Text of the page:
Two Notes Torpedo Studio

Simulador de altavoz y micrófono para guitarra y bajo

  • Procesador digital con ecualización y dinámica
  • Caja de carga integrada con control de calor activo: 150W RMS, 200W pico - 4, 8 y 16 Ohmios
  • Entrada de línea balanceada: 2 XLR
  • Salida de línea balanceada: 2 combo jack de 6,3mm y XLR
  • Ventilación controlada y seguridad térmica
  • Entrada de alimentación (salida del altavoz desde el amplificador)
  • Salida de alimentación para conectar una cabina
  • Salida DI sin conversión AD/DA (salida pre sim.)
  • Latencia de 5ms
  • 24 bits
  • Convertidores AD y DA de 192kHz
  • Coma flotante de 32 bits
  • Procesamiento interno de 96kHz
  • Relación señal-ruido de 100dB
  • Entrada/Salida AES/EBU y S/PDIF de hasta 96kHz
  • Sincronización Wordclock o AES/SPDIF, internos
  • Software Torpedo Remote
  • Compatible con PC y Mac
  • Manejo de MIDI (cambio de control y cambio de programa en tiempo real)
  • Comunicación Ethernet opcional
  • Incluye cable USB, cable de alimentación, manual de usuario y software Torpedo Remote y Torpedo Capture (descarga disponible en el sitio web)
  • Dimensiones: 19"/2U
7 Evaluaciones de usuarios:
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  • 4
  • 3
  • 2
  • 1
5 / 5.0
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Two Notes Torpedo Studio

MartinCoolMusic, 24.08.2016
El Torpedo Studio es la herramienta más versátil que conozco hasta ahora para grabar en casa o en un estudio profesional un amplificador de guitarra o bajo.

El equipo se conecta mediante un cable de altavoz a la salida directa del amplificador de potencia (idealmente a válvulas) y simula tanto el sonido del altavoz del amplificador como los micrófonos utizados en la grabación. Dispone de una resistencia interna que disipa la potencia del amplificador.

Es por tanto una herramienta que permite grabar con una calidad excepcional un amplificador, sin tener que tocar a un gran volumen. Es por tanto ideal para un home studio o un estudio profesional donde no se disponga de mucha variedad de micrófonos o pantallas de amplificación.

El equipo permite grabar en estéreo, empleando la simulación de dos micrófonos y dos pantallas al mismo tiempo, detalle que no permite el otro modelo Two Notes Live.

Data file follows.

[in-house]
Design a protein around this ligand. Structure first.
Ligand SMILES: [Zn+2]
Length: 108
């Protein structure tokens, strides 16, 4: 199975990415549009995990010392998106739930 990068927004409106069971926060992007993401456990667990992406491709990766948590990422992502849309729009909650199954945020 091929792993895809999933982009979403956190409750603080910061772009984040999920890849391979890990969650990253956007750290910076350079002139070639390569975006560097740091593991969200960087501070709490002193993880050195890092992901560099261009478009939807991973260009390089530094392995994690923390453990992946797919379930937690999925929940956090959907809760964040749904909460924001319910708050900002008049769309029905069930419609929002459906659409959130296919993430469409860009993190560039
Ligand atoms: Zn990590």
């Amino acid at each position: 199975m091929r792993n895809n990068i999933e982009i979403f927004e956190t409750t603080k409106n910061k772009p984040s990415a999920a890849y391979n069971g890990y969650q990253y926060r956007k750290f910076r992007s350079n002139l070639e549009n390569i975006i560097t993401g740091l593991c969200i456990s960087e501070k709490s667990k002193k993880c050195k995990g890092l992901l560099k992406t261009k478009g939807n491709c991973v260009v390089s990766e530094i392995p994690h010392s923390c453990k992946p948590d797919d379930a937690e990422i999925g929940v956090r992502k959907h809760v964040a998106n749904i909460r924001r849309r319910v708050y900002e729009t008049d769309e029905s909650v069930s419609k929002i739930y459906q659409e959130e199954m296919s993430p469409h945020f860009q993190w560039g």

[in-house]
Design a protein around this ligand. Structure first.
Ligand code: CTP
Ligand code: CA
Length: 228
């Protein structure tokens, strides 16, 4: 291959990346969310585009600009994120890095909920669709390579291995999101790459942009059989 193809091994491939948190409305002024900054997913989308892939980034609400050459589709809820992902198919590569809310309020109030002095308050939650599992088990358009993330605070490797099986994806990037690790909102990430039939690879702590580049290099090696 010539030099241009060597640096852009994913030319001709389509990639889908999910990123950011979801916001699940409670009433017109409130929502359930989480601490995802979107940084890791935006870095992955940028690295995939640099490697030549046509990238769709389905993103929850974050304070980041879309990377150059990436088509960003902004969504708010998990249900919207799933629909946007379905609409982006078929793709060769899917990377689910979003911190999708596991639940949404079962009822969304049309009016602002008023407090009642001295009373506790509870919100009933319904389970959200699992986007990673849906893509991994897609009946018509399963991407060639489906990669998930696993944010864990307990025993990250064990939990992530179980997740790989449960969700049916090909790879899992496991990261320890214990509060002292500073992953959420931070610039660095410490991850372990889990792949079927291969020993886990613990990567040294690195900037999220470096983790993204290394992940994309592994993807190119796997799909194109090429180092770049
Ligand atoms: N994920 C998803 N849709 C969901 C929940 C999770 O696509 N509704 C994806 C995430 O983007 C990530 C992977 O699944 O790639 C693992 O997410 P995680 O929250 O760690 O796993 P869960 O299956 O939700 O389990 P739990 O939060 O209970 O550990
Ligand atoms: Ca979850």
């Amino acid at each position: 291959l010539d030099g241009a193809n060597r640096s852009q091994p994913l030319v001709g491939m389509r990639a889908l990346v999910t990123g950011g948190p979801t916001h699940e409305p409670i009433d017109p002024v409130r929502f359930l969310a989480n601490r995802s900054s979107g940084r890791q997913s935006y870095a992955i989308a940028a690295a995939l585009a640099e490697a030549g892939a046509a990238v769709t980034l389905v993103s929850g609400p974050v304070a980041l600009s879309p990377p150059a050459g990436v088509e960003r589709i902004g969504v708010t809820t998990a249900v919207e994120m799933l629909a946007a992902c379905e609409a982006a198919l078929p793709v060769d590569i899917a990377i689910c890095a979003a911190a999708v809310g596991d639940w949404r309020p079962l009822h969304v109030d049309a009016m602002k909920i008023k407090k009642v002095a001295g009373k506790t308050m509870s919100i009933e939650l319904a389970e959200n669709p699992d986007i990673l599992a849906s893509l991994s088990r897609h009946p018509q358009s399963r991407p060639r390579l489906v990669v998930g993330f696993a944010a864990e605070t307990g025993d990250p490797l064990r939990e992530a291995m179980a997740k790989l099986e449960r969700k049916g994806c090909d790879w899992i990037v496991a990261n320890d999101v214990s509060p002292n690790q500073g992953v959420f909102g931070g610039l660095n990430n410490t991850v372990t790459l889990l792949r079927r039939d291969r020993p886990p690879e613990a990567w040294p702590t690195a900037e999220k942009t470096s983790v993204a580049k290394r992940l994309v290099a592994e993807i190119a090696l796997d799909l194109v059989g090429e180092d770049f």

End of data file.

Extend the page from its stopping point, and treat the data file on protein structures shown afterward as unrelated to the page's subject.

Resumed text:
Además tiene salida digital directa de grabación (AES/EBU), que tampoco tiene el Two Notes Live (éste sólo tiene SPDIF). La principal diferencia es que te permite manejar digitalmente señales de grabación estéreo y sincronizar como maestro o esclavo con el reloj de la tarjeta de sonido.

La calidad del sonido es abrumadora, de alta fidelidad y depende de la habilidad que tenga cada uno para colocar los micrófonos y elegir adecuadamente las pantallas de altavoces.

En resumen, indicaría las siguientes ventajas e inconvenientes:

Ventajas:

- Altísima calidad de sonido y realismo.
- El software es muy intuitivo y fácil de utilizar.
- Permite grabación analógica o digital directa en estéreo, mezclando diferentes pantallas y micrófonos.
- Dispone de gran variedad de pantallas y micrófonos.
- Permite utilizar los amplificadores reales que cada uno tenga disponibles.
- Permite tocar a muy bajo volumen aún teniendo el amplificador de válvulas saturado, dado que el sonido de la pantalla es simulado.

Inconvenientes:

- Si se quiere disponer rápidamente de un sonido muy pulido y listo para mezclar en una grabación, requiere tiempo aprender a colocar y elegir los micrófonos y pantallas, tal y como si se grabara en un estudio real.
- El modelado de etapas de potencia de amplificadores es algo escaso y se centra en el modelado de pantallas y micros.
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Fantastic product, unbelievably authentic

27.04.2016
As a guitarist, I always found myself gravitating towards whatever sounded best to my ears, and ignoring all the "but nothing beats tubes/analogue/whatever". During my journey to find an ideal guitar tone for my musical project I tried a whole host of methods ranging from software amp sims, hardware simulations, rackmount preamps, heads, cabs, everything I could think of. Ultimately, I found that I preferred the sound of a real tube amp turned up loud enough to really get the speakers moving.

There were two huge issues though: my tone differs so much song to song, and has so many effect changes that I simply could not use a guitar head live. The second issue is volume. When I set up an amp head with a cabinet, I dial in a tone at a moderate volume, and then turn the master volume as high as it needs to go to push the power tubes and speakers hard enough, before finally tweaking the preamp tone to suit the extra power (usually a fair reduction in preamp gain). This is just fine in most rehearsal or studio situations (with one exception where workmen using power tools nearby complained about the excessive volumes!), but live and at home in a flat, I'm massively restricted volume wise. This led me (along with my need for MIDI presets) to a rig consisting of a SansAmp PSA-1, Marshall JMP-1 and a Rocktron Piranha, usually with at least two amps running at the same time. Cabinet simulators that have a loadbox with a couple of switches letting you pick two cabs and two mic positions just seem like a total waste of money, especially given how different guitar cabs sound, and that?s before you start moving the mic!

Enter the Torpedo Studio... I've had my eyes on the Torpedo VB-101 since it was releaed, and later had my eyes on the VB-202. However, when I heard that the latest Two Notes product would be able to run two virtual power amps/cabinets from two inputs, or one amp head AND a line level preamp, I HAD to have it. While in Germany, I visited the lovely people at Thomann in Burgebrach, and bought myself the Studio as somewhat of an impulse buy